This week, the Federal Trade Commission (“FTC”) obtained a preliminary injunction in the U.S. District Court for the District of Arizona, ceasing the operations of certain businesses and individuals, including multi-level marketer Vemma Nutrition Company (“Vemma”), which the FTC has accused of running an illegal pyramid scheme.
How did Vemma’s operations draw the scrutiny of the Feds?
According to the FTC, Vemma utilized its website, marketing material and various social media outlets to entice young adults and college students to become affiliates in its program to promote health and wellness drinks with promises of substantial income. However, according to the FTC, such income was generated with a focus on the recruitment of other affiliates into the organization, rather than through the sale of products. As such, the FTC alleges that the vast majority of affiliates make no money and, in fact, lose money as a result of the required initial investment of $500-$600 to become a member and additional monthly purchases of $150 worth of Vemma products to remain eligible for certain bonuses. The FTC alleges that losses experienced by the members are inevitable because the operation is an illegal pyramid scheme that does not provide the affiliates with the necessary training or guidance to encourage actual retail sales, and only rewards members for recruiting other participants into the program.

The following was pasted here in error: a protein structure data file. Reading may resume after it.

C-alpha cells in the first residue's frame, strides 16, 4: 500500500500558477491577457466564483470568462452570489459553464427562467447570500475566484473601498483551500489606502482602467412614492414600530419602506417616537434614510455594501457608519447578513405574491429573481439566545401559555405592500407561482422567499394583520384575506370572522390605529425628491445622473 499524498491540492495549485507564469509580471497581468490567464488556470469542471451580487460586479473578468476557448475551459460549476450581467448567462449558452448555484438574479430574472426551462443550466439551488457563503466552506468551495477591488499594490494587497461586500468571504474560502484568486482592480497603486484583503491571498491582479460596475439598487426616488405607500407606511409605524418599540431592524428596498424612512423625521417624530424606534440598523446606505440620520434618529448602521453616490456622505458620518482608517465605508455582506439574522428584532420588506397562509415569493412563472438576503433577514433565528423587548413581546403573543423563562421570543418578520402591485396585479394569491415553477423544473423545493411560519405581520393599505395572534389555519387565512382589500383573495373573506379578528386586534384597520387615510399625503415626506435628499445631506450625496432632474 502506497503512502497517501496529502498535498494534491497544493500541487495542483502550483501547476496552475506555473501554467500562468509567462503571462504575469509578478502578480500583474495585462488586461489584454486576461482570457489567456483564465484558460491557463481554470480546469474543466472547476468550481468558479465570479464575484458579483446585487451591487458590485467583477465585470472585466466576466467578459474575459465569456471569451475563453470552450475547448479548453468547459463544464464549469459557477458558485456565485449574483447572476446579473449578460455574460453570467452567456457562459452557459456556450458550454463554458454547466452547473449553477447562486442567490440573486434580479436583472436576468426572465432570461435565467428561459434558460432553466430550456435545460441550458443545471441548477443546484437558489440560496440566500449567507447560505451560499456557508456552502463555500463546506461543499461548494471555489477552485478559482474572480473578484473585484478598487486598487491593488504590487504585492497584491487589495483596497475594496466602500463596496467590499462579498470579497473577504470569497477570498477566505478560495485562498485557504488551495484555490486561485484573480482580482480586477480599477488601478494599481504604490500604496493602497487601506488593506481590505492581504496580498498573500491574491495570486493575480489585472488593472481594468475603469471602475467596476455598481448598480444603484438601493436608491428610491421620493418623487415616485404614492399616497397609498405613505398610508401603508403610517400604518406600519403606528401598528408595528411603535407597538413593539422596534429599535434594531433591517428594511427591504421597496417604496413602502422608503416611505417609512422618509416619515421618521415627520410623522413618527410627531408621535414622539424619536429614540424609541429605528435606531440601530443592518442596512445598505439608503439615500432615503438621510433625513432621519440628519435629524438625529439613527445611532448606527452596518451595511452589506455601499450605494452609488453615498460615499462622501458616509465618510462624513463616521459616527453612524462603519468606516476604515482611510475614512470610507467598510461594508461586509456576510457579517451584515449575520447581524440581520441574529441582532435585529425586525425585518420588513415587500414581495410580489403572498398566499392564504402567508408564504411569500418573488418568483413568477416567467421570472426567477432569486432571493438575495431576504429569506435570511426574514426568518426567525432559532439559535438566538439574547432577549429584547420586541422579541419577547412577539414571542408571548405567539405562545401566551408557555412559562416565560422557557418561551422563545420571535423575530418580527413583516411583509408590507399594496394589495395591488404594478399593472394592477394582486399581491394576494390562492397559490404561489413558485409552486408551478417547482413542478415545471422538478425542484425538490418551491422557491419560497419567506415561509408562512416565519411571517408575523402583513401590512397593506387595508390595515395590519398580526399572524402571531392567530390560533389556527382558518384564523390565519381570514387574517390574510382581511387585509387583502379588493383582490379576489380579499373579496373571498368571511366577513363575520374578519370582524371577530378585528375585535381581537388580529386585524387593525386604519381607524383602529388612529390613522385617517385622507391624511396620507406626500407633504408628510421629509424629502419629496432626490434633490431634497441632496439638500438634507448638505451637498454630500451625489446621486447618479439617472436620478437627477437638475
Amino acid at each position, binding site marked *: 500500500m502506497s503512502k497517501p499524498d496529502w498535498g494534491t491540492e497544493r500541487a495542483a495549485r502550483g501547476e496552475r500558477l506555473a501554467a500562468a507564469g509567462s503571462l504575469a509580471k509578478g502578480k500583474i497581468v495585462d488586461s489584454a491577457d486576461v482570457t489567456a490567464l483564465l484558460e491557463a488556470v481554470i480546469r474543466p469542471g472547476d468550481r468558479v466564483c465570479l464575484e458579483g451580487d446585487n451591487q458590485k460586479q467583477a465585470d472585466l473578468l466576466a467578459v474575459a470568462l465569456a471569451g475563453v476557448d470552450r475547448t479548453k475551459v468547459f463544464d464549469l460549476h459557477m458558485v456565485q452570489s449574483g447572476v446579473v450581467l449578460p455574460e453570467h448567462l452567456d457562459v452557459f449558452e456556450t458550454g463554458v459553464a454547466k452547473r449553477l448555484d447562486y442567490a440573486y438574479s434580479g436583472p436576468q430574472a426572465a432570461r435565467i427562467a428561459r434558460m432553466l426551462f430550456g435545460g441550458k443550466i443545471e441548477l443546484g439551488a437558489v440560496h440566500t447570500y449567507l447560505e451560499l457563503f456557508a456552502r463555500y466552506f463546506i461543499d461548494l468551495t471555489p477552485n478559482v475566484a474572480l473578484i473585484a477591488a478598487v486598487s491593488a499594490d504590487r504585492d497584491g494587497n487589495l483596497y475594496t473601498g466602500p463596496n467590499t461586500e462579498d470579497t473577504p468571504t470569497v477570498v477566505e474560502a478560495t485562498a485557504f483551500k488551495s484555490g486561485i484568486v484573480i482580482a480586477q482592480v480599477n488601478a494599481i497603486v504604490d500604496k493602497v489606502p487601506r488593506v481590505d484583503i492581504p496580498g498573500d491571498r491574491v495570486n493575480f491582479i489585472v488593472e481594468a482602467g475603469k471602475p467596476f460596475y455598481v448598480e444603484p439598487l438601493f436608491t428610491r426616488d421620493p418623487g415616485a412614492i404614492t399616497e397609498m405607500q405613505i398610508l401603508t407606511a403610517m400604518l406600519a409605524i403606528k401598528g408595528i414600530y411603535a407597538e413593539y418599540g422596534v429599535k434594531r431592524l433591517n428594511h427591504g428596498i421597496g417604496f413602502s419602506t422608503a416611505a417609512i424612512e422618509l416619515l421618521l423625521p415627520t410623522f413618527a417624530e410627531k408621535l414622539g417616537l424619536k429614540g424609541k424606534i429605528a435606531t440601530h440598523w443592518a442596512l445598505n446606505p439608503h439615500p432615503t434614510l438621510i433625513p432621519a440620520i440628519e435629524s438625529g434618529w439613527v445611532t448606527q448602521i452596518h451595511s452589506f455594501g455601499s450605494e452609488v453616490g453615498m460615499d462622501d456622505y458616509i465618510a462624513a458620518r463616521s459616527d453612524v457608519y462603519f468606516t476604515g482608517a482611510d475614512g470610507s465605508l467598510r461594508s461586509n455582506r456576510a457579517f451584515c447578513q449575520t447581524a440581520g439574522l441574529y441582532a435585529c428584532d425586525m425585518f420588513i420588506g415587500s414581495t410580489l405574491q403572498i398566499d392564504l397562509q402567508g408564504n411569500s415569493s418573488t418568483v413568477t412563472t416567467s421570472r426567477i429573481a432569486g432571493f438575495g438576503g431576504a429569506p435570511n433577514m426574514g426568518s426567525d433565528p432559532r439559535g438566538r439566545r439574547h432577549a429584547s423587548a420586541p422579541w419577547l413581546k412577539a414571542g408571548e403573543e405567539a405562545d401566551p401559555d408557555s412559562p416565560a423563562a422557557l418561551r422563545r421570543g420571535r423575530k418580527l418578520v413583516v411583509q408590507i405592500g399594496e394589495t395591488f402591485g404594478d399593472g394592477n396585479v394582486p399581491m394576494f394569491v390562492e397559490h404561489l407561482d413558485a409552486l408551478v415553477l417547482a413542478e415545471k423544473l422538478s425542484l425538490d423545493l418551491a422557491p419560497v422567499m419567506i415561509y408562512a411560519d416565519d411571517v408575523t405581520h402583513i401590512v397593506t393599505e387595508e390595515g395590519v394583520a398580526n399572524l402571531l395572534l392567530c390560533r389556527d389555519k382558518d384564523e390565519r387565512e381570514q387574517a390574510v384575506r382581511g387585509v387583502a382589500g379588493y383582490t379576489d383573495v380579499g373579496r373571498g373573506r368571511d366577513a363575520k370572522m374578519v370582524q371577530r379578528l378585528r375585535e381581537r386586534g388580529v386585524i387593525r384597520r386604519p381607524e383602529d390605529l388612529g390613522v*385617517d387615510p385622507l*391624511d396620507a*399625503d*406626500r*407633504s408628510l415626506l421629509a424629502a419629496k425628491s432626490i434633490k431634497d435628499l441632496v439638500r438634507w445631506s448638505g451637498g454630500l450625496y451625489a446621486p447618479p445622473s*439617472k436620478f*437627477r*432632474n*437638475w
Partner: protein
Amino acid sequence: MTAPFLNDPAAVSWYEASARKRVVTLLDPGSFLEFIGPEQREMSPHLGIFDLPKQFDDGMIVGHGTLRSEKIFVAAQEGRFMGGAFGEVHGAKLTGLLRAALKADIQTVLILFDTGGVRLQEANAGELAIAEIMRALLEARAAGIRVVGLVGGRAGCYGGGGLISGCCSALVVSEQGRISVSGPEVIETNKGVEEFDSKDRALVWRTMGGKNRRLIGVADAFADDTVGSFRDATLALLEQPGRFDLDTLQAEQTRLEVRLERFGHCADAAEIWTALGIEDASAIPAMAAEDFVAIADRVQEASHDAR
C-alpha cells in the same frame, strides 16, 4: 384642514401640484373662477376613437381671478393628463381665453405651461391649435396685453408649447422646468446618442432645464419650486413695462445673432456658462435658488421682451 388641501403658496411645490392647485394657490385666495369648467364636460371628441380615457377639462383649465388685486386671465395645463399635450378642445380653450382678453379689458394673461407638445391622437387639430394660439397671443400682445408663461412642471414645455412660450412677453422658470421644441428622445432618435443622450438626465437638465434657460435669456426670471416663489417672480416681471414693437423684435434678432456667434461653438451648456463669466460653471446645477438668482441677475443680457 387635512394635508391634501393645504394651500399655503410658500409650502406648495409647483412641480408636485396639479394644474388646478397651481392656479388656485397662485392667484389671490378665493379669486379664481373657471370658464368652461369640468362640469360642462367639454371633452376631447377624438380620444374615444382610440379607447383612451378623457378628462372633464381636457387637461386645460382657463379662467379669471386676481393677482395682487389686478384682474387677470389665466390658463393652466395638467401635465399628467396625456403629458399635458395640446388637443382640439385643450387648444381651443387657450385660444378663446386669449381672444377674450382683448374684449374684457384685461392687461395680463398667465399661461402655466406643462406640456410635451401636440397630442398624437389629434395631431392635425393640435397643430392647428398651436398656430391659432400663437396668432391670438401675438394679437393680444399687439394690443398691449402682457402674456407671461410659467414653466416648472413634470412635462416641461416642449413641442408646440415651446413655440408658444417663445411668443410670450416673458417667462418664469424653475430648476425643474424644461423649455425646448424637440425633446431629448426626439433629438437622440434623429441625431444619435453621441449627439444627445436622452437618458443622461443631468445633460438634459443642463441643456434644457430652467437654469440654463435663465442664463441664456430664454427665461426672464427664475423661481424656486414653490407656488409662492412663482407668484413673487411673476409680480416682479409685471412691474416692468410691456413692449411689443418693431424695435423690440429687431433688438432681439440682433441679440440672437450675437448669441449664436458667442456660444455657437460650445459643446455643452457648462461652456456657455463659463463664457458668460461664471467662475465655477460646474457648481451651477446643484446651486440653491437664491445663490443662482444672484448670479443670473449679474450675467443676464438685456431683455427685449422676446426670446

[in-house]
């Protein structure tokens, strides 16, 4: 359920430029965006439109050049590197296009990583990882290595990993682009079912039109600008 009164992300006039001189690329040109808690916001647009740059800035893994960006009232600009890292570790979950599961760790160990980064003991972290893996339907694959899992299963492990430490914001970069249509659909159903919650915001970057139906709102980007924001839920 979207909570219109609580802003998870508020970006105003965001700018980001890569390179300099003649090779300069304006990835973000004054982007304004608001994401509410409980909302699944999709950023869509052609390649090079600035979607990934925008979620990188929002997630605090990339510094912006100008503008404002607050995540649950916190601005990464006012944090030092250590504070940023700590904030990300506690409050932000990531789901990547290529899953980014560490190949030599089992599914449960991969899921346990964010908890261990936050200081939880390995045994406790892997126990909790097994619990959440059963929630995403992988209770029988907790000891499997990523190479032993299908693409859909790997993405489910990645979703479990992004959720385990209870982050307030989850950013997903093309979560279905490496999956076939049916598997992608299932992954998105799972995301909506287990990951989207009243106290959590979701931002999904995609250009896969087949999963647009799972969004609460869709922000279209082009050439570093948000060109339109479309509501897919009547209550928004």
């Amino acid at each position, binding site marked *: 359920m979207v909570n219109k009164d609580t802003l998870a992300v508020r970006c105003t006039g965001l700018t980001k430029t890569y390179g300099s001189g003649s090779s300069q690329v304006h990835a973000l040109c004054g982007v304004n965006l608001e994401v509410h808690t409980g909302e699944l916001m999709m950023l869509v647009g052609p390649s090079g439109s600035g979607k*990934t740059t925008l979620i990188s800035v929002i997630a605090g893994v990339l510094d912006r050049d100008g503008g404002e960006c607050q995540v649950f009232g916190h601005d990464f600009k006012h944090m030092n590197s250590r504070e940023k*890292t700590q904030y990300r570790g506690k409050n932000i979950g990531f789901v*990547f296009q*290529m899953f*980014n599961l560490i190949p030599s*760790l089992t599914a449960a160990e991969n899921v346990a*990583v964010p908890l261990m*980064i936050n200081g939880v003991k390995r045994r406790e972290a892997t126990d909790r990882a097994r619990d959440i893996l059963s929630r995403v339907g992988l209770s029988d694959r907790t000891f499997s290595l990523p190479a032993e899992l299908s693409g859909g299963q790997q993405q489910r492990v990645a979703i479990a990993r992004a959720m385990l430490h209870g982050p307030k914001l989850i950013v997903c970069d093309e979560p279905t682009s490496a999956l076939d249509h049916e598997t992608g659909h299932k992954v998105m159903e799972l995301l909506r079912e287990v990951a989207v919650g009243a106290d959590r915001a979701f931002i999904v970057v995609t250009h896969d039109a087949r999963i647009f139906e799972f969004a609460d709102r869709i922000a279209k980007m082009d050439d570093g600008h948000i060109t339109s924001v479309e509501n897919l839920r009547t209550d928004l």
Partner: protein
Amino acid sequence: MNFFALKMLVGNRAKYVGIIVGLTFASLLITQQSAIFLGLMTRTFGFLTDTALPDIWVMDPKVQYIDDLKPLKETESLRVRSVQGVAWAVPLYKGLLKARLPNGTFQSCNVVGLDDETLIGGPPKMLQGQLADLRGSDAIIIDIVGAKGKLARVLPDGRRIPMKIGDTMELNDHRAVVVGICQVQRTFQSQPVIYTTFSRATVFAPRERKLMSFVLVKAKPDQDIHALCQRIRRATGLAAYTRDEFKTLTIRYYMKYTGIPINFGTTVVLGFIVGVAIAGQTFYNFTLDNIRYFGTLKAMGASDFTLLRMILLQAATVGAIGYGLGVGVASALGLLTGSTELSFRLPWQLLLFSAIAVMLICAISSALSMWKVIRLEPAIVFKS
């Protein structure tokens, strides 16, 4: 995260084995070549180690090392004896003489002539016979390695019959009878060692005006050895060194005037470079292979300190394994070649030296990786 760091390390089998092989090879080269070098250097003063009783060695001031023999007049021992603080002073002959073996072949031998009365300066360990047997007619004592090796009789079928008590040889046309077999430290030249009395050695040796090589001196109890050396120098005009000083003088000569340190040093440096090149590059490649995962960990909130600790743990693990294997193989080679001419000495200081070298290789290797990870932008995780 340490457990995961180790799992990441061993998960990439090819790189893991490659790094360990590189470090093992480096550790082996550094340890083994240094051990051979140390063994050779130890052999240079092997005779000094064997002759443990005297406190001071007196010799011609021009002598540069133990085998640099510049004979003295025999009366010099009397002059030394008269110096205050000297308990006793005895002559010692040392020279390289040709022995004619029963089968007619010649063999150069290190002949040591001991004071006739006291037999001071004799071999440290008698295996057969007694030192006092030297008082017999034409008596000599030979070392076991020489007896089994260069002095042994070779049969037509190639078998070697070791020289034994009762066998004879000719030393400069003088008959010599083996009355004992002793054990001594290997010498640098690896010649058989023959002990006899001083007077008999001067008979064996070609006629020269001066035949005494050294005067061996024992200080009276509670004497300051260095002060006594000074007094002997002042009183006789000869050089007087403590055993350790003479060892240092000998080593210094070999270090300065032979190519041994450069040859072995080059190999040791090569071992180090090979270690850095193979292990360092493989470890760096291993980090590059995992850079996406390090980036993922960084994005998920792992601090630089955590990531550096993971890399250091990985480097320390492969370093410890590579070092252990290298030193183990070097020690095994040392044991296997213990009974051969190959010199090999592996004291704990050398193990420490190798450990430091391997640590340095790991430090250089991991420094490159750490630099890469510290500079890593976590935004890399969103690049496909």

Be Aware of the Important Differences between Multi-Level Marketing Programs and Pyramid Schemes
We have previously written extensively on the subtle, but significant distinctions between multi-level marketing programs and pyramid schemes. Importantly, in order for marketers to avoid legal pitfalls, compensation under their programs should be earned predominantly through commissions on sales, and not rely on recruitment of participants into the applicable programs. Given the current regulatory climate, it is important for multi-level marketing ventures to engage knowledgeable counsel to review program terms and conditions and related marketing to determine whether the subject programs comply with applicable law.